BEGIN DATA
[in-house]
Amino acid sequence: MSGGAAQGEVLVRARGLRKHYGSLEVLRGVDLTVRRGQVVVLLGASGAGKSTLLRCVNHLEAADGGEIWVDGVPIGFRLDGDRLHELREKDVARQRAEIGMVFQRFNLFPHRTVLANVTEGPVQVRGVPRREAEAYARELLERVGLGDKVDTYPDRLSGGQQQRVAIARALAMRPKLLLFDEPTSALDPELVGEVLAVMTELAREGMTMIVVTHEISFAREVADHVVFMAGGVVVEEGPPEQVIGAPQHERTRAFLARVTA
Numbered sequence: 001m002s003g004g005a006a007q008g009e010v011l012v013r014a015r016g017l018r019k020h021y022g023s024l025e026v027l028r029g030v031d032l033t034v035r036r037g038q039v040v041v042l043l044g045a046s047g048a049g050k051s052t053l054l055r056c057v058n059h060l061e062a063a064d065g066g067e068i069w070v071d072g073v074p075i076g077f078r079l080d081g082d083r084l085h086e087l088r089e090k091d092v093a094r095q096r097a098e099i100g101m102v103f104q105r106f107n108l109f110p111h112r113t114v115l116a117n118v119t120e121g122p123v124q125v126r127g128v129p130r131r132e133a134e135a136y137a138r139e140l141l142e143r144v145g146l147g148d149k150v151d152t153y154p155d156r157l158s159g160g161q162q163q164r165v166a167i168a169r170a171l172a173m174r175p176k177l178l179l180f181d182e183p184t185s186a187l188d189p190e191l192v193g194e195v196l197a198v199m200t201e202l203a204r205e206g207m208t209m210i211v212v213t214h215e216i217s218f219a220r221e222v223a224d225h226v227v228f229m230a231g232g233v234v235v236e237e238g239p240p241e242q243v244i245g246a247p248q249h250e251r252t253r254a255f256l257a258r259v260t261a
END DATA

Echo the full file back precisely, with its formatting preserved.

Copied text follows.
[in-house]
Amino acid sequence: MSGGAAQGEVLVRARGLRKHYGSLEVLRGVDLTVRRGQVVVLLGASGAGKSTLLRCVNHLEAADGGEIWVDGVPIGFRLDGDRLHELREKDVARQRAEIGMVFQRFNLFPHRTVLANVTEGPVQVRGVPRREAEAYARELLERVGLGDKVDTYPDRLSGGQQQRVAIARALAMRPKLLLFDEPTSALDPELVGEVLAVMTELAREGMTMIVVTHEISFAREVADHVVFMAGGVVVEEGPPEQVIGAPQHERTRAFLARVTA
Numbered sequence: 001m002s003g004g005a006a007q008g009e010v011l012v013r014a015r016g017l018r019k020h021y022g023s024l025e026v027l028r029g030v031d032l033t034v035r036r037g038q039v040v041v042l043l044g045a046s047g048a049g050k051s052t053l054l055r056c057v058n059h060l061e062a063a064d065g066g067e068i069w070v071d072g073v074p075i076g077f078r079l080d081g082d083r084l085h086e087l088r089e090k091d092v093a094r095q096r097a098e099i100g101m102v103f104q105r106f107n108l109f110p111h112r113t114v115l116a117n118v119t120e121g122p123v124q125v126r127g128v129p130r131r132e133a134e135a136y137a138r139e140l141l142e143r144v145g146l147g148d149k150v151d152t153y154p155d156r157l158s159g160g161q162q163q164r165v166a167i168a169r170a171l172a173m174r175p176k177l178l179l180f181d182e183p184t185s186a187l188d189p190e191l192v193g194e195v196l197a198v199m200t201e202l203a204r205e206g207m208t209m210i211v212v213t214h215e216i217s218f219a220r221e222v223a224d225h226v227v228f229m230a231g232g233v234v235v236e237e238g239p240p241e242q243v244i245g246a247p248q249h250e251r252t253r254a255f256l257a258r259v260t261a